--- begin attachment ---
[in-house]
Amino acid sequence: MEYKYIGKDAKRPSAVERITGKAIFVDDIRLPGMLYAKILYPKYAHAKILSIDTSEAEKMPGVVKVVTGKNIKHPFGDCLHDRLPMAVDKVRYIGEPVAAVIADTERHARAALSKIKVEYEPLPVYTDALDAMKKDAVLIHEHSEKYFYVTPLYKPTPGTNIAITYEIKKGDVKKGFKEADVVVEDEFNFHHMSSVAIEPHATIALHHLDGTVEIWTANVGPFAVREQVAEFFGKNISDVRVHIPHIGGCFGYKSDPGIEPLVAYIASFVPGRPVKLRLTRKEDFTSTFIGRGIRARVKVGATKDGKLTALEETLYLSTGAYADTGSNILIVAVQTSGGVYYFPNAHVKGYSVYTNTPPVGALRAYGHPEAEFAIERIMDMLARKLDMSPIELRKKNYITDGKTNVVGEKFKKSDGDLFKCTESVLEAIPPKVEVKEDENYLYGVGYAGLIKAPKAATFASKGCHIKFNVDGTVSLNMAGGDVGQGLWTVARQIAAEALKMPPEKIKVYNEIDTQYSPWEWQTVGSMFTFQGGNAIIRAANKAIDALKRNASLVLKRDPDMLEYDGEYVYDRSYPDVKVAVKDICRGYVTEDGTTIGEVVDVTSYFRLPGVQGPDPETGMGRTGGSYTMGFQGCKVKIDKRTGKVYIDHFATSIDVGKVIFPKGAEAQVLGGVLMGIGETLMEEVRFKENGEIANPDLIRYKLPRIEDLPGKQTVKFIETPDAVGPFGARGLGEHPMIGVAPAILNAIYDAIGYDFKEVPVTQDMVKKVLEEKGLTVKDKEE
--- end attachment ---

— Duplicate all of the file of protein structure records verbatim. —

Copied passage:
[in-house]
Amino acid sequence: MEYKYIGKDAKRPSAVERITGKAIFVDDIRLPGMLYAKILYPKYAHAKILSIDTSEAEKMPGVVKVVTGKNIKHPFGDCLHDRLPMAVDKVRYIGEPVAAVIADTERHARAALSKIKVEYEPLPVYTDALDAMKKDAVLIHEHSEKYFYVTPLYKPTPGTNIAITYEIKKGDVKKGFKEADVVVEDEFNFHHMSSVAIEPHATIALHHLDGTVEIWTANVGPFAVREQVAEFFGKNISDVRVHIPHIGGCFGYKSDPGIEPLVAYIASFVPGRPVKLRLTRKEDFTSTFIGRGIRARVKVGATKDGKLTALEETLYLSTGAYADTGSNILIVAVQTSGGVYYFPNAHVKGYSVYTNTPPVGALRAYGHPEAEFAIERIMDMLARKLDMSPIELRKKNYITDGKTNVVGEKFKKSDGDLFKCTESVLEAIPPKVEVKEDENYLYGVGYAGLIKAPKAATFASKGCHIKFNVDGTVSLNMAGGDVGQGLWTVARQIAAEALKMPPEKIKVYNEIDTQYSPWEWQTVGSMFTFQGGNAIIRAANKAIDALKRNASLVLKRDPDMLEYDGEYVYDRSYPDVKVAVKDICRGYVTEDGTTIGEVVDVTSYFRLPGVQGPDPETGMGRTGGSYTMGFQGCKVKIDKRTGKVYIDHFATSIDVGKVIFPKGAEAQVLGGVLMGIGETLMEEVRFKENGEIANPDLIRYKLPRIEDLPGKQTVKFIETPDAVGPFGARGLGEHPMIGVAPAILNAIYDAIGYDFKEVPVTQDMVKKVLEEKGLTVKDKEE